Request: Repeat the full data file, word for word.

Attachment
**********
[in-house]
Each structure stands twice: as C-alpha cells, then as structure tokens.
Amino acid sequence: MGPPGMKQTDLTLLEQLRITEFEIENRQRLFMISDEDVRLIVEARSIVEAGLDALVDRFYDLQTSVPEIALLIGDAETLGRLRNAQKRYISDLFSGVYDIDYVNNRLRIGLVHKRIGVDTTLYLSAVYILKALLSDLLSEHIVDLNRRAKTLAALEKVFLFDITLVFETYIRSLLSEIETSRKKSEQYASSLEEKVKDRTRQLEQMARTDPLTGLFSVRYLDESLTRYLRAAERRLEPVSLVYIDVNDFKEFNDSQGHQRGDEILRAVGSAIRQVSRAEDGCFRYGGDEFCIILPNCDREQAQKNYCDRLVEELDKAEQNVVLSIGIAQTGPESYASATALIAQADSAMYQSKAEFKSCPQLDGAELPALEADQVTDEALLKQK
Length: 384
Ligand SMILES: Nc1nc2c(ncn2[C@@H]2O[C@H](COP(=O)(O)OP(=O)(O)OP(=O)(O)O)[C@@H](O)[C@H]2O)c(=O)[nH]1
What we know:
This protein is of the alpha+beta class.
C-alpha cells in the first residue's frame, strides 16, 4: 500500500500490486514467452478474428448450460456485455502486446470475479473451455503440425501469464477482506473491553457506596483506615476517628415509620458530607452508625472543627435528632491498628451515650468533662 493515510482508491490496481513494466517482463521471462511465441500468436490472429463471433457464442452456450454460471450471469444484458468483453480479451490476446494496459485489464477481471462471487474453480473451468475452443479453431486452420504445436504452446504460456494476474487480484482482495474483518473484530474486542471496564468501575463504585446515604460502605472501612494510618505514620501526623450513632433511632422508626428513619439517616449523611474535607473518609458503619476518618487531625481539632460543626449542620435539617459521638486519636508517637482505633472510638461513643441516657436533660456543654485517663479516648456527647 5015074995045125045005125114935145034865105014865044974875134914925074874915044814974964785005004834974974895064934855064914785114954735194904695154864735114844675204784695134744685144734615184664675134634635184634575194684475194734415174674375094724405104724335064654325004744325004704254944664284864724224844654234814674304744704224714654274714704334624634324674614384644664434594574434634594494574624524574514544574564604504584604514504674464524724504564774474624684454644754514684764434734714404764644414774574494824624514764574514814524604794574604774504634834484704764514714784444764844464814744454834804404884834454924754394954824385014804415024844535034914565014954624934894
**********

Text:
[in-house]
Each structure stands twice: as C-alpha cells, then as structure tokens.
Amino acid sequence: MGPPGMKQTDLTLLEQLRITEFEIENRQRLFMISDEDVRLIVEARSIVEAGLDALVDRFYDLQTSVPEIALLIGDAETLGRLRNAQKRYISDLFSGVYDIDYVNNRLRIGLVHKRIGVDTTLYLSAVYILKALLSDLLSEHIVDLNRRAKTLAALEKVFLFDITLVFETYIRSLLSEIETSRKKSEQYASSLEEKVKDRTRQLEQMARTDPLTGLFSVRYLDESLTRYLRAAERRLEPVSLVYIDVNDFKEFNDSQGHQRGDEILRAVGSAIRQVSRAEDGCFRYGGDEFCIILPNCDREQAQKNYCDRLVEELDKAEQNVVLSIGIAQTGPESYASATALIAQADSAMYQSKAEFKSCPQLDGAELPALEADQVTDEALLKQK
Length: 384
Ligand SMILES: Nc1nc2c(ncn2[C@@H]2O[C@H](COP(=O)(O)OP(=O)(O)OP(=O)(O)O)[C@@H](O)[C@H]2O)c(=O)[nH]1
What we know:
This protein is of the alpha+beta class.
C-alpha cells in the first residue's frame, strides 16, 4: 500500500500490486514467452478474428448450460456485455502486446470475479473451455503440425501469464477482506473491553457506596483506615476517628415509620458530607452508625472543627435528632491498628451515650468533662 493515510482508491490496481513494466517482463521471462511465441500468436490472429463471433457464442452456450454460471450471469444484458468483453480479451490476446494496459485489464477481471462471487474453480473451468475452443479453431486452420504445436504452446504460456494476474487480484482482495474483518473484530474486542471496564468501575463504585446515604460502605472501612494510618505514620501526623450513632433511632422508626428513619439517616449523611474535607473518609458503619476518618487531625481539632460543626449542620435539617459521638486519636508517637482505633472510638461513643441516657436533660456543654485517663479516648456527647 5015074995045125045005125114935145034865105014865044974875134914925074874915044814974964785005004834974974895064934855064914785114954735194904695154864735114844675204784695134744685144734615184664675134634635184634575194684475194734415174674375094724405104724335064654325004744325004704254944664284864724224844654234814674304744704224714654274714704334624634324674614384644664434594574434634594494574624524574514544574564604504584604514504674464524724504564774474624684454644754514684764434734714404764644414774574494824624514764574514814524604794574604774504634834484704764514714784444764844464814744454834804404884834454924754394954824385014804415024844535034914565014954624934894